Today in Duh, The Economist has included Sydney and Melbourne in its annual list of the Top 10 Most Expensive Cities In The World In Which To Struggle To Make A Living as the world’s fifth and sixth costliest fiscal sinkholes respectively.
Using a cost of living index developed by The Economist’s Intelligence Unit, the Worldwide Cost of Living Survey assessed the frugality of 131 cities worldwide by comparing the costs of more than 400 items across 160 goods and services, including “food, drink, clothing, household supplies, rents, transport, utility bills and recreational costs.”
The inclusion of Sydney and Melbourne in the Top 10, followed by Brisbane and Perth in the shared 21st place and Adelaide at thirty-seven, can apparently be attributed to “sustained increases in the cost of living for Australian cities driven by the long-term appreciation of the Australian dollar”; at least, that’s what the survey notes when accounting for the high price we pay for living in best, second best, coolest, hipper-than-Williamsburg-est and most-liveable cities in the world [in that order].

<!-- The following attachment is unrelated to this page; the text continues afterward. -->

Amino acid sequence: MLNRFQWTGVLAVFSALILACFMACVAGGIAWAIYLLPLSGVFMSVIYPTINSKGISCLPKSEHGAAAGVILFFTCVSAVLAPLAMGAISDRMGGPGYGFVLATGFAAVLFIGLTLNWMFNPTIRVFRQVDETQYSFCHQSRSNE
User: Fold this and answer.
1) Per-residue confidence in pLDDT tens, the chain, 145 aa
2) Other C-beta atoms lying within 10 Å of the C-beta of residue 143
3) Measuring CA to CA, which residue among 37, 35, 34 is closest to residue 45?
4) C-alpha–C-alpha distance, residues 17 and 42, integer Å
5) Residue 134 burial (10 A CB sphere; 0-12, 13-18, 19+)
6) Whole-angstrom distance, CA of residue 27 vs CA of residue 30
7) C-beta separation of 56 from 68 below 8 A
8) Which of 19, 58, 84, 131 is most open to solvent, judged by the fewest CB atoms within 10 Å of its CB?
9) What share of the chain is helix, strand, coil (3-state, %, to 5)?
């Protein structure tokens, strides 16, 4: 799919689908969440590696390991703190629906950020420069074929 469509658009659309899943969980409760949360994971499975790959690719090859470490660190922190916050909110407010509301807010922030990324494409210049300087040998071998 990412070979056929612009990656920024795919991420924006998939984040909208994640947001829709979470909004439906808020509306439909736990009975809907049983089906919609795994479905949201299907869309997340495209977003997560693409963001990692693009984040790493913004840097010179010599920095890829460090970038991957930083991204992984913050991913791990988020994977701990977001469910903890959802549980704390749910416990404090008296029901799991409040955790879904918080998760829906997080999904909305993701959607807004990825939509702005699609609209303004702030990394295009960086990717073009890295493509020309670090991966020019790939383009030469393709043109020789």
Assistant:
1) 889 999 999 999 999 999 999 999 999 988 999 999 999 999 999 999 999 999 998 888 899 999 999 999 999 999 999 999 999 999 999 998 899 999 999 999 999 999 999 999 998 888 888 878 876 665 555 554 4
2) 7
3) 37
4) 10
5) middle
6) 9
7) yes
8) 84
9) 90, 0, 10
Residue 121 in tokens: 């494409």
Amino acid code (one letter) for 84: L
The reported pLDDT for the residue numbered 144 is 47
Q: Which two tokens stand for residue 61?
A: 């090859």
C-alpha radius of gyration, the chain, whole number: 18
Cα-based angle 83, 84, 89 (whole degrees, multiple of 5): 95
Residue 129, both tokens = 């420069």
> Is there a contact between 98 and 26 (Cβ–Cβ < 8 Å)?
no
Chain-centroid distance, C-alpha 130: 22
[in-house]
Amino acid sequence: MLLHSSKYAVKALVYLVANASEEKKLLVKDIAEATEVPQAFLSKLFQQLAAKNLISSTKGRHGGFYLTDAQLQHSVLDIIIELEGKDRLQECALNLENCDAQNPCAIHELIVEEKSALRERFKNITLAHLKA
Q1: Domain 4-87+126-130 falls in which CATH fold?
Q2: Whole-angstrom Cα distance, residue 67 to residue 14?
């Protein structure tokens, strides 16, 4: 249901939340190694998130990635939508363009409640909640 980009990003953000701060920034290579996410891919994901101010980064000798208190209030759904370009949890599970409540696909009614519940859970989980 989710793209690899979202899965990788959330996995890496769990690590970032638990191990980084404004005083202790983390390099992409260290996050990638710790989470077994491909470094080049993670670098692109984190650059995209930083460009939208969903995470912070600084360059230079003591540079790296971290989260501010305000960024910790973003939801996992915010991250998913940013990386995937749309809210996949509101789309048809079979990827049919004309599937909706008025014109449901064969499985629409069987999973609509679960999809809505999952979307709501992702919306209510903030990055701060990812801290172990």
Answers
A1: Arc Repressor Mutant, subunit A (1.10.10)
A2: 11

Singapore, Paris, Oslo and Zurich preceded Sydney as the world’s most exorbitant cities; Geneva, Caracas, Tokyo and Copenhagen rounded out the Top 10.
Despite their constant protestations otherwise, New York fared surprisingly well by placing 26th, while Mumbai, Karachi, New Delhi, Damascus, Kathmandu, Algiers, Bucharest, Panama City, Jeddah and Riyadh came in as the least expensive cities in which to live, mostly due to their “well-documented security issues, domestic unrest” and presumably terrible espresso. BRB:
via The Economist, H/T The ABC